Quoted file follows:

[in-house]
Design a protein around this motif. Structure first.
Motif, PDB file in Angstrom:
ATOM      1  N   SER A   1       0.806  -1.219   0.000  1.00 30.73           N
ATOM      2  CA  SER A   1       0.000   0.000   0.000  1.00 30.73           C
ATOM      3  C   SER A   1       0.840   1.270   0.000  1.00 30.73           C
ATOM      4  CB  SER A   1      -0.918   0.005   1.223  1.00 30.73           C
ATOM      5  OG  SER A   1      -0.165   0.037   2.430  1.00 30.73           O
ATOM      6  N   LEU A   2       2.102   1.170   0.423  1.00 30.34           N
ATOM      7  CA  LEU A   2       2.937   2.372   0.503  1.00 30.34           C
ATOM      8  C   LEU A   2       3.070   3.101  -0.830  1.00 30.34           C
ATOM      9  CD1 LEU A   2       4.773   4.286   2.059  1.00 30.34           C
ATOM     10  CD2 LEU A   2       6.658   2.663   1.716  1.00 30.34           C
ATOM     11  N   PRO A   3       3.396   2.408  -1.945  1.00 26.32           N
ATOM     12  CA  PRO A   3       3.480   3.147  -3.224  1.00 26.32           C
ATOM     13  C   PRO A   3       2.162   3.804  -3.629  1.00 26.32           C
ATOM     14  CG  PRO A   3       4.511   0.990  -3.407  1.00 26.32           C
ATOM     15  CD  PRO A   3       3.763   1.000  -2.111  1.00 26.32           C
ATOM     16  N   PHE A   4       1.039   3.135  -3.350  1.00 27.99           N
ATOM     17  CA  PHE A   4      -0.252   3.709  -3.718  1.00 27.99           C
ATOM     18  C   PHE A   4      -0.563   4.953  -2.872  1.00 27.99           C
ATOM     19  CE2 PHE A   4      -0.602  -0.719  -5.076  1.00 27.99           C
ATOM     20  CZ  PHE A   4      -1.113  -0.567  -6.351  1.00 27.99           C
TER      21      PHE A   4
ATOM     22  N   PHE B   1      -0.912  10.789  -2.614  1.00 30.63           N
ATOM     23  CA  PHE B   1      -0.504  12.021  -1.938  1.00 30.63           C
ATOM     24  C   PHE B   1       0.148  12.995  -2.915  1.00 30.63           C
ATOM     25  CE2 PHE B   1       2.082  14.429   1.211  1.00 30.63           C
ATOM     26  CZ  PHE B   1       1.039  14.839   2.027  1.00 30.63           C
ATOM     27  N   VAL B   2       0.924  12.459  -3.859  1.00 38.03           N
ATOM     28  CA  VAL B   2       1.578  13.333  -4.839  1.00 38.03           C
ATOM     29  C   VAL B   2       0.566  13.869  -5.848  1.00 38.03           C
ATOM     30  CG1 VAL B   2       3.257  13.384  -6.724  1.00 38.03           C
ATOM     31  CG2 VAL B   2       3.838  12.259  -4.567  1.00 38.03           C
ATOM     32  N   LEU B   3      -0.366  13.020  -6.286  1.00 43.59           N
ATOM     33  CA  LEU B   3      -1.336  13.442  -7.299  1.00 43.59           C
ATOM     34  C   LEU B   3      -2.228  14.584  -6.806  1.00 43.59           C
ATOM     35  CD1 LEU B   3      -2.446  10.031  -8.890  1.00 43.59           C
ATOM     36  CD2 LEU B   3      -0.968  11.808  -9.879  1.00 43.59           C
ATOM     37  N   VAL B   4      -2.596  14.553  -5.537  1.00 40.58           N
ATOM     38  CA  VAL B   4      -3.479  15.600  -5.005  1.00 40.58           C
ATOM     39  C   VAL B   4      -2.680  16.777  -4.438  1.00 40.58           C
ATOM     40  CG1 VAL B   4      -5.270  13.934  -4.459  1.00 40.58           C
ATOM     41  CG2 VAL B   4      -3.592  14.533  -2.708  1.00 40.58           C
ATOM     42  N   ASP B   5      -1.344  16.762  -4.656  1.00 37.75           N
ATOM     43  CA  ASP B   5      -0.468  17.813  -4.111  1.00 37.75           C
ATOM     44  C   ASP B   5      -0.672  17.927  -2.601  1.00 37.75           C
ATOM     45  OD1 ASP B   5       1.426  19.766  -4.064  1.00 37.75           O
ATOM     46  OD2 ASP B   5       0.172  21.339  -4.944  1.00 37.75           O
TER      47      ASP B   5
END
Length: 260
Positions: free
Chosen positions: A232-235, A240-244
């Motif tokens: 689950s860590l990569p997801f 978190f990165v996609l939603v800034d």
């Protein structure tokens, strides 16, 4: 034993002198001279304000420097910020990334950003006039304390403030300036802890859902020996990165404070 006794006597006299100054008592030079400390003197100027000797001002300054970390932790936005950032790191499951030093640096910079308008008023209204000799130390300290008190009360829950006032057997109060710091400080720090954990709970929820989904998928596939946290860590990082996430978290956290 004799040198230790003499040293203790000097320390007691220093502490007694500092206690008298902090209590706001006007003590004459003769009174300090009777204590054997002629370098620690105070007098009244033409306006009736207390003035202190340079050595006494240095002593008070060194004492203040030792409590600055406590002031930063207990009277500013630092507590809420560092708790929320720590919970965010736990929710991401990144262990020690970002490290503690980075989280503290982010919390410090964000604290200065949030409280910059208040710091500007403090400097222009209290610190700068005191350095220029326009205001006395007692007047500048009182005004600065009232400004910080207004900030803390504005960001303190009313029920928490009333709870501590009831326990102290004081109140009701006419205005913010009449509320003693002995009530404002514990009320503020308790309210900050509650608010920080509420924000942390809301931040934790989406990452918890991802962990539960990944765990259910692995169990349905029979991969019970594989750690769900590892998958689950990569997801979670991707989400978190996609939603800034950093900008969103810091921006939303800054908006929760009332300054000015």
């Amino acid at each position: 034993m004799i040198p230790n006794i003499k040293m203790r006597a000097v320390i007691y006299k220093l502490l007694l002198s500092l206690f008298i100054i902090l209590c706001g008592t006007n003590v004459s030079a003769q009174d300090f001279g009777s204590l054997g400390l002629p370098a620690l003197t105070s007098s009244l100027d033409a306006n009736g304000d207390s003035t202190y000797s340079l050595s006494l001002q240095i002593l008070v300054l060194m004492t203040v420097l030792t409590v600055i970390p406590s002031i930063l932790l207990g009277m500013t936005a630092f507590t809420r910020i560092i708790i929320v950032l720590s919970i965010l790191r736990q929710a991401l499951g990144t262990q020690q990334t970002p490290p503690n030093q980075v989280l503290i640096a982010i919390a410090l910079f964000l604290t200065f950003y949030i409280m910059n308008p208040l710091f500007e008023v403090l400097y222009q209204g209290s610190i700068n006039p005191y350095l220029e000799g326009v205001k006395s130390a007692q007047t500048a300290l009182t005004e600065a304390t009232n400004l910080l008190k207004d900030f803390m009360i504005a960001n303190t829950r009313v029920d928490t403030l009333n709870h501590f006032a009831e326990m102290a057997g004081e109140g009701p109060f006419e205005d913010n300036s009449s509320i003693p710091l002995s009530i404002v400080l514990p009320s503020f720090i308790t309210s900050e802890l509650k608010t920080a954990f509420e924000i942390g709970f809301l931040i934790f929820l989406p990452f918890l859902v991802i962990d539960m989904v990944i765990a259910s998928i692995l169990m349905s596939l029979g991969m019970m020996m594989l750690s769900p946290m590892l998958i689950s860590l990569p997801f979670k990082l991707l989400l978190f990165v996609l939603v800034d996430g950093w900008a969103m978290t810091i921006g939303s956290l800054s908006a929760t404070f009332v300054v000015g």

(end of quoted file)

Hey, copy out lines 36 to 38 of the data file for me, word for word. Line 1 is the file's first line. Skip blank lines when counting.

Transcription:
ATOM     33  CA  LEU B   3      -1.336  13.442  -7.299  1.00 43.59           C
ATOM     34  C   LEU B   3      -2.228  14.584  -6.806  1.00 43.59           C
ATOM     35  CD1 LEU B   3      -2.446  10.031  -8.890  1.00 43.59           C